Maryland legalized medical pot in 2013, which had a rocky launch and several false starts, but both Virginia and the District have since legalized possession and use of small amounts of weed, leaving Maryland an island unto itself.

The issue of legalizing pot is especially sensitive in minority communities where penalties for drug abuse are enforced far more rigorously and numerically than in other areas.

In Baltimore City, for example, State’s Attorney Marylin Mosby is at a protocol standoff with police. Mosby has announced, repeatedly, that her office will not prosecute minor drug infractions even though police continue to make arrests. (A federal judge recently questioned whether Mosby’s policy is at odds with Baltimore’s consent-decree agreement with the Justice Department over policing practices.)

There is a dispute over whether smoke from tobacco and marijuana contain the same pungent toxins. The American Lung Association argues that smoke is smoke, whether it’s caused by wood, cigarette tobacco or marijuana, and that smoke from marijuana contains many of the same toxins, irritants and carcinogens as smoke from tobacco.

Another study concludes that tobacco smoke contains more than 7,000 chemicals, about 70 of them carcinogenic. Most studies show that smoke from both marijuana and tobacco is getting stronger and likely more addictive.

Most recently, anti-smoking campaigns turned their attention to e-cigarettes and their innocently addictive perfumed flavors, especially among young people, many of them seduced by corporate messages that they lack the poisonous effect of the real thing and that “vaping” is simply sport. The sale of e-products has been banned in some places, and the sale of liquid containing nicotine in others.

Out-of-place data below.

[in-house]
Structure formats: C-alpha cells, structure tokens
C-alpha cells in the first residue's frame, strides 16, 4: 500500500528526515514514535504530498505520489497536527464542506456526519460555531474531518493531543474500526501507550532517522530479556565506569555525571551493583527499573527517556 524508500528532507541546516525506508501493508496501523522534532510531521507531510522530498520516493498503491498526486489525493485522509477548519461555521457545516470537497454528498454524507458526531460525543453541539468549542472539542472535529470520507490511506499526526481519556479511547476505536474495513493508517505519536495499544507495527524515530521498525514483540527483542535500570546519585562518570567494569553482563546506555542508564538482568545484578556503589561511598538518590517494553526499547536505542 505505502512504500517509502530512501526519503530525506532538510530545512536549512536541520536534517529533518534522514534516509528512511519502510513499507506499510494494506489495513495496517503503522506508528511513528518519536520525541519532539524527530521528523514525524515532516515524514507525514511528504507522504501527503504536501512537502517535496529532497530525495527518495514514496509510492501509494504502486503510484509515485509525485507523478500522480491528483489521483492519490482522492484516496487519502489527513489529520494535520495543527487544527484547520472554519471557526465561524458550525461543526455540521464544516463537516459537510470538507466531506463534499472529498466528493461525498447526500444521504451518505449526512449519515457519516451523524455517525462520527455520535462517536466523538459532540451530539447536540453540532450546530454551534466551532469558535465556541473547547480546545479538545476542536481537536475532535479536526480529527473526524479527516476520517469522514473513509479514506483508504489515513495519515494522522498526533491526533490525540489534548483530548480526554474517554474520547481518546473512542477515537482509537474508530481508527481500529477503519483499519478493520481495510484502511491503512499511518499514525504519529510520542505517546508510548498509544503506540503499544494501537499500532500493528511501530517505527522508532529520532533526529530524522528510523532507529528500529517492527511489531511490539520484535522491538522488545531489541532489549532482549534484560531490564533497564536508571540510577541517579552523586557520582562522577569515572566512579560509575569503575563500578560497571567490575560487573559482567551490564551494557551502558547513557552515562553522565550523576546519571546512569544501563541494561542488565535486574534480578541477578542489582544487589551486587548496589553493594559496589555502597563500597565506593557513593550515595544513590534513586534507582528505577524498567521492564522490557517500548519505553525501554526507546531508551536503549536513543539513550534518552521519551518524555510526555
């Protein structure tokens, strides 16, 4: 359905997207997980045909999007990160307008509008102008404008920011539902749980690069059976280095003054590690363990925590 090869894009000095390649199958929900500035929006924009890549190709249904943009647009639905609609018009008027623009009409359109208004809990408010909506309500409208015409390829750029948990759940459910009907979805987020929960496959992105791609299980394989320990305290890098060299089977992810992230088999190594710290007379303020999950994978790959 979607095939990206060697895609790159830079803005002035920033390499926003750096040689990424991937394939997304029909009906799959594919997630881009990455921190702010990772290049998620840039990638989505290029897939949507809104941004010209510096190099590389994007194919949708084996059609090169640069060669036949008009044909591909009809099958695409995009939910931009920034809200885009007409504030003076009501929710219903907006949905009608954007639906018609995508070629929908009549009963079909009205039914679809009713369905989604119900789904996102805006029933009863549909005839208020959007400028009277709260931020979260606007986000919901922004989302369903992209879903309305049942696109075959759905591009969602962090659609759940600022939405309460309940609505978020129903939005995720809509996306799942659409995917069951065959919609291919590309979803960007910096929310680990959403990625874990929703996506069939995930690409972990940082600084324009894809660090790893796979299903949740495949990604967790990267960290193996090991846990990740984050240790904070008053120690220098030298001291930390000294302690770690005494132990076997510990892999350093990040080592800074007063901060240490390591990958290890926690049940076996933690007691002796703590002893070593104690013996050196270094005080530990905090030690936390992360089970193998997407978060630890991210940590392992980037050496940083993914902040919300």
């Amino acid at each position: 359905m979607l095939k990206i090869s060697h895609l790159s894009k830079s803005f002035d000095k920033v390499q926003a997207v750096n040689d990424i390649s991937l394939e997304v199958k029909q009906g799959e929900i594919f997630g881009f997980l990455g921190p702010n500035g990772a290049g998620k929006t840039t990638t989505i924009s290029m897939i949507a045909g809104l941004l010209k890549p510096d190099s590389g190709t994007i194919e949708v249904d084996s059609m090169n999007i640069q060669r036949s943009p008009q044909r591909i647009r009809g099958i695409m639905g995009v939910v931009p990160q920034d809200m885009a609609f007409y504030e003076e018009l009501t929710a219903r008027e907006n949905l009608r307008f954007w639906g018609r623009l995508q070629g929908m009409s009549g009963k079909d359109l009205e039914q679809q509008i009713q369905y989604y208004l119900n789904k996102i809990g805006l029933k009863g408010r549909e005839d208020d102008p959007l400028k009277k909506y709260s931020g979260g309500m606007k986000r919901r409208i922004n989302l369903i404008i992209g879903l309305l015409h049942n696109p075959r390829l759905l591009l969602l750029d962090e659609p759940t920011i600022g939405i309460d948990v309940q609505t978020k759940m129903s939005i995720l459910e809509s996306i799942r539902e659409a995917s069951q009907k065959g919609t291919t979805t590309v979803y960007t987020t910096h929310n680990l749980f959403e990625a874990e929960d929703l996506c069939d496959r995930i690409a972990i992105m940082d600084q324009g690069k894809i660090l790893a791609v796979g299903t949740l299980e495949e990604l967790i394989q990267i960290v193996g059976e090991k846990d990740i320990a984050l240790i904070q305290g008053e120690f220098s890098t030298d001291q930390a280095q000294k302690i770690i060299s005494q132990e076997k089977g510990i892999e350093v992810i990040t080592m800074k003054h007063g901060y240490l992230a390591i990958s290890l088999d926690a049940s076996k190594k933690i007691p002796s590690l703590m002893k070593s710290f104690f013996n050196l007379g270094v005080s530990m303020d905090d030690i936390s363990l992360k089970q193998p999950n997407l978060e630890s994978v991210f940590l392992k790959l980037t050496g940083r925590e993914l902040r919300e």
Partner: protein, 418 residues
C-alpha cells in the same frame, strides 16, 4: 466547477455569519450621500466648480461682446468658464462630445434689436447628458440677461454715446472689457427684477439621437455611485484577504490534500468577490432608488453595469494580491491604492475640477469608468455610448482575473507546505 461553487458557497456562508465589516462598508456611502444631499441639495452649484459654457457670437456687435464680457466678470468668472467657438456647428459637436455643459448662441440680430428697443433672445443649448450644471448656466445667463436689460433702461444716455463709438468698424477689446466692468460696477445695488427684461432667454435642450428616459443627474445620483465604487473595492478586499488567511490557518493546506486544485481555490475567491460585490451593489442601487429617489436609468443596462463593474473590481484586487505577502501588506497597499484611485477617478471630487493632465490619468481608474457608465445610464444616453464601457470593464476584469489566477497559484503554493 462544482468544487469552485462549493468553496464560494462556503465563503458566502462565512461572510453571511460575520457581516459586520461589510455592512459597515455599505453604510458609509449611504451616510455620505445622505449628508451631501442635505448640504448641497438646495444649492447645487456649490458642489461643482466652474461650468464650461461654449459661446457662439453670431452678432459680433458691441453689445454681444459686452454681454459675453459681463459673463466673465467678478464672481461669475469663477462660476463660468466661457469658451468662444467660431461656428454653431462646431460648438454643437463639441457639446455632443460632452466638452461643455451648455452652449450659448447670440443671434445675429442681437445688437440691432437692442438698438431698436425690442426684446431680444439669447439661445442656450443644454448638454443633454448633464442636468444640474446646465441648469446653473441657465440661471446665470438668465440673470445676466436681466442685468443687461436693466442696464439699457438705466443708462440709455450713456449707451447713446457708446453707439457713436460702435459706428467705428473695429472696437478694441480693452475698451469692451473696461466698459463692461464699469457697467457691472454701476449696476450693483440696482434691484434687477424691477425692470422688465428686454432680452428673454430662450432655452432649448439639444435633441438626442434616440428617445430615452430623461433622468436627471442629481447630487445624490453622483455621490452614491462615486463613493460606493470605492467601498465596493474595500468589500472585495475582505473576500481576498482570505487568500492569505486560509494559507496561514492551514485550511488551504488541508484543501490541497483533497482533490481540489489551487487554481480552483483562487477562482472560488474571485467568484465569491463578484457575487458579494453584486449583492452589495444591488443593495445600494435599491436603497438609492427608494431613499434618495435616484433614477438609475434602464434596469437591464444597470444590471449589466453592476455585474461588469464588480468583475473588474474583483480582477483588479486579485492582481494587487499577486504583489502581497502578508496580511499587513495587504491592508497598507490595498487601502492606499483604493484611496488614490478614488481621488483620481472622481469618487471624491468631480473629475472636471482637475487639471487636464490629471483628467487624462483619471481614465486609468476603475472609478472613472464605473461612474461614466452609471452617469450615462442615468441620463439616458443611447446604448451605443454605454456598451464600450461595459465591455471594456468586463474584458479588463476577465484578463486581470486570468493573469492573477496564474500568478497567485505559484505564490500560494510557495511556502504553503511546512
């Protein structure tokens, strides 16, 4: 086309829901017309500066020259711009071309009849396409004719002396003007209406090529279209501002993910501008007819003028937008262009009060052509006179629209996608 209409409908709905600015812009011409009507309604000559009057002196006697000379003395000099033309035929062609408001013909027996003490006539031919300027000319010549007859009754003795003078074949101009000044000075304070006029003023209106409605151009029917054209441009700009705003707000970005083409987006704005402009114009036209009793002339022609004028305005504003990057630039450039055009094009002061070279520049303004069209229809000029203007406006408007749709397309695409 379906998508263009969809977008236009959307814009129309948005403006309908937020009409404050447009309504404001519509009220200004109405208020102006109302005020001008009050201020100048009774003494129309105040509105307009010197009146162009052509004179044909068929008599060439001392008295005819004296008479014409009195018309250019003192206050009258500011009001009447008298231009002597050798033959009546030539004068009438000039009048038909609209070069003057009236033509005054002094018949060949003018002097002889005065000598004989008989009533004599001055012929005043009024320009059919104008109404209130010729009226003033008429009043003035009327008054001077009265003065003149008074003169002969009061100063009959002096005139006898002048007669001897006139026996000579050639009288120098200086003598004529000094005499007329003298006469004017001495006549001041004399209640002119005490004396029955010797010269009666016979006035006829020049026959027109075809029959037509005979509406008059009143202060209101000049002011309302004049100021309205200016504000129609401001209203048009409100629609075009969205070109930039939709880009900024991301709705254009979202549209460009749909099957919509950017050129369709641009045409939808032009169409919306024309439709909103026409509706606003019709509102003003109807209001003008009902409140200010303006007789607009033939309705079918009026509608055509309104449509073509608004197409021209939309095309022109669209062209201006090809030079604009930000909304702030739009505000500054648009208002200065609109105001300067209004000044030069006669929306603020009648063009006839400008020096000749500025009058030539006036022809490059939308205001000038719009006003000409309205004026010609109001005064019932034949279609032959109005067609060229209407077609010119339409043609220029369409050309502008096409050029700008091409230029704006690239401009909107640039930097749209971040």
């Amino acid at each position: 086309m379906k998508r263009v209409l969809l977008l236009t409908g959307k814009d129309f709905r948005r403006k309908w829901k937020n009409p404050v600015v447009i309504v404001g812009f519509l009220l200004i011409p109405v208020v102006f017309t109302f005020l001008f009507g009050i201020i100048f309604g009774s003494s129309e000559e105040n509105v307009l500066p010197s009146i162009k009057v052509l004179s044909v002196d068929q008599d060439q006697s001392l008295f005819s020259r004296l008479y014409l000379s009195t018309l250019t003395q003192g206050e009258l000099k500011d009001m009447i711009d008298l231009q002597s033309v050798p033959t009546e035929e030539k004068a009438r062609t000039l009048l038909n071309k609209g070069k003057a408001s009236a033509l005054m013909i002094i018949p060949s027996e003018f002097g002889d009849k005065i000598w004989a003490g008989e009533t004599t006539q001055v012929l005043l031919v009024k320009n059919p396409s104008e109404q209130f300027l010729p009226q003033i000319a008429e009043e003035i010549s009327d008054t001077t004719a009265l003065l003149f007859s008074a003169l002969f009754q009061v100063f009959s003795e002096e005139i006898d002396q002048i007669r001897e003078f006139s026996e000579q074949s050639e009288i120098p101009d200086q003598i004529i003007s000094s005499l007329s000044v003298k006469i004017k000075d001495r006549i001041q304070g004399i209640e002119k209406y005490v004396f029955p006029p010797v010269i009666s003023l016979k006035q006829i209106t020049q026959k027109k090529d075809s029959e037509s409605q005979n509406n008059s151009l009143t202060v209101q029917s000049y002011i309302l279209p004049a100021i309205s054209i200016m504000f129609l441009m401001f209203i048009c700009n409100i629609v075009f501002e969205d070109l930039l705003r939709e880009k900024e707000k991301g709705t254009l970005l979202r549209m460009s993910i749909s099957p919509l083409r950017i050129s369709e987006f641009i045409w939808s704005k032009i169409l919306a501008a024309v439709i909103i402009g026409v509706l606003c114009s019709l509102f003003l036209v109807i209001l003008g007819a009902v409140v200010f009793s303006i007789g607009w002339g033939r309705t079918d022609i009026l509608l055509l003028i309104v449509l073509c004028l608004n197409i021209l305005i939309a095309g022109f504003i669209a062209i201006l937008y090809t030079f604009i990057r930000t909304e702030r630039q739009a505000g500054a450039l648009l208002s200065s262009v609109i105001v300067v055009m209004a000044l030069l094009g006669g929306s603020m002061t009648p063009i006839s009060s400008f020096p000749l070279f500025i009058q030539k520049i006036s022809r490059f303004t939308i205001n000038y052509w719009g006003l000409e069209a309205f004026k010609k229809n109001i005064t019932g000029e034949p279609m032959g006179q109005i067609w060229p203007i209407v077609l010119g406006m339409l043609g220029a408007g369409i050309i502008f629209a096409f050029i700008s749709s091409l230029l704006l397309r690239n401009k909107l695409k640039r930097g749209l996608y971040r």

For years, minority groups have been waging a verbal duel with tobacco companies over their saturation advertising within their communities, to the exclusion of others, pointedly aiming their advertising at minorities.

Especially singled out for protest were billboards promoting brands of menthol cigarettes. Studies have shown that smoking mentholated products is more dangerous because of their addictive nature and singular damage to the lungs.

Tobacco companies shifted their advertising to other forms, notably billboards in urban areas, when Congress banned cigarette advertising on television on April 1, 1970. They were the single largest product advertisers on TV. Surgeon Generals’ tobacco warnings were first added to cigarette packages in 1966.

Tobacco firms also segued their marketing to foreign countries when sales and smoking began to decline in the United States under pressure from government and public health organizations. A sampling of cigarette advertising slogans by brands:

Tipalet – “Blow in her face and she’ll follow you anywhere.”

Camel – “More doctors smoke Camels than any other cigarette.”

Viceroy – “As your dentist, I would recommend Viceroys.”